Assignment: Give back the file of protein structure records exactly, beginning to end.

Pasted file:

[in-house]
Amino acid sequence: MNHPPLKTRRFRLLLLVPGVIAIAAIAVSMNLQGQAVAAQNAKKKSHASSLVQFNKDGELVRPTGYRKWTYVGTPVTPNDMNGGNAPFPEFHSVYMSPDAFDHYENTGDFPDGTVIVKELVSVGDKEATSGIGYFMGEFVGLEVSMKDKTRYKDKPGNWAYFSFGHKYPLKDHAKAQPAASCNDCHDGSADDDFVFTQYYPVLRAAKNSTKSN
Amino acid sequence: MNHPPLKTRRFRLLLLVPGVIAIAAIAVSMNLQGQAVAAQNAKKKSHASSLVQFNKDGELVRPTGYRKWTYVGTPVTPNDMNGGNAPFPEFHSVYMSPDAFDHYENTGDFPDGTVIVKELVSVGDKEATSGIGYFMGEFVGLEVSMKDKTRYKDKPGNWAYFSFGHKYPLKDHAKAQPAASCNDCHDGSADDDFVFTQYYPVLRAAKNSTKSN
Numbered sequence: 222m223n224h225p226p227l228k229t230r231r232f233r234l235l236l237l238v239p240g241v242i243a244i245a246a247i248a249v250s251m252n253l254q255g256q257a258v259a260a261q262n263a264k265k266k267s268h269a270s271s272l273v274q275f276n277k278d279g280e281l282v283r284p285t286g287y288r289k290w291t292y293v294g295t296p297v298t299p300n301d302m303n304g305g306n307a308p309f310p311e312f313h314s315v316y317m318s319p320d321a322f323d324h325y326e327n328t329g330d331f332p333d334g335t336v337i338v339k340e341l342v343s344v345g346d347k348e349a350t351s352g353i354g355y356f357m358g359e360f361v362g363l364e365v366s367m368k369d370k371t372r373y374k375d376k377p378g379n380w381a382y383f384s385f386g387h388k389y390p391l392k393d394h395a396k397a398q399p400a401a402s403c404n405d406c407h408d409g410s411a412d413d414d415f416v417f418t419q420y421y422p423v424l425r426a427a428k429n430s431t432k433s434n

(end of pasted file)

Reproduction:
[in-house]
Amino acid sequence: MNHPPLKTRRFRLLLLVPGVIAIAAIAVSMNLQGQAVAAQNAKKKSHASSLVQFNKDGELVRPTGYRKWTYVGTPVTPNDMNGGNAPFPEFHSVYMSPDAFDHYENTGDFPDGTVIVKELVSVGDKEATSGIGYFMGEFVGLEVSMKDKTRYKDKPGNWAYFSFGHKYPLKDHAKAQPAASCNDCHDGSADDDFVFTQYYPVLRAAKNSTKSN
Amino acid sequence: MNHPPLKTRRFRLLLLVPGVIAIAAIAVSMNLQGQAVAAQNAKKKSHASSLVQFNKDGELVRPTGYRKWTYVGTPVTPNDMNGGNAPFPEFHSVYMSPDAFDHYENTGDFPDGTVIVKELVSVGDKEATSGIGYFMGEFVGLEVSMKDKTRYKDKPGNWAYFSFGHKYPLKDHAKAQPAASCNDCHDGSADDDFVFTQYYPVLRAAKNSTKSN
Numbered sequence: 222m223n224h225p226p227l228k229t230r231r232f233r234l235l236l237l238v239p240g241v242i243a244i245a246a247i248a249v250s251m252n253l254q255g256q257a258v259a260a261q262n263a264k265k266k267s268h269a270s271s272l273v274q275f276n277k278d279g280e281l282v283r284p285t286g287y288r289k290w291t292y293v294g295t296p297v298t299p300n301d302m303n304g305g306n307a308p309f310p311e312f313h314s315v316y317m318s319p320d321a322f323d324h325y326e327n328t329g330d331f332p333d334g335t336v337i338v339k340e341l342v343s344v345g346d347k348e349a350t351s352g353i354g355y356f357m358g359e360f361v362g363l364e365v366s367m368k369d370k371t372r373y374k375d376k377p378g379n380w381a382y383f384s385f386g387h388k389y390p391l392k393d394h395a396k397a398q399p400a401a402s403c404n405d406c407h408d409g410s411a412d413d414d415f416v417f418t419q420y421y422p423v424l425r426a427a428k429n430s431t432k433s434n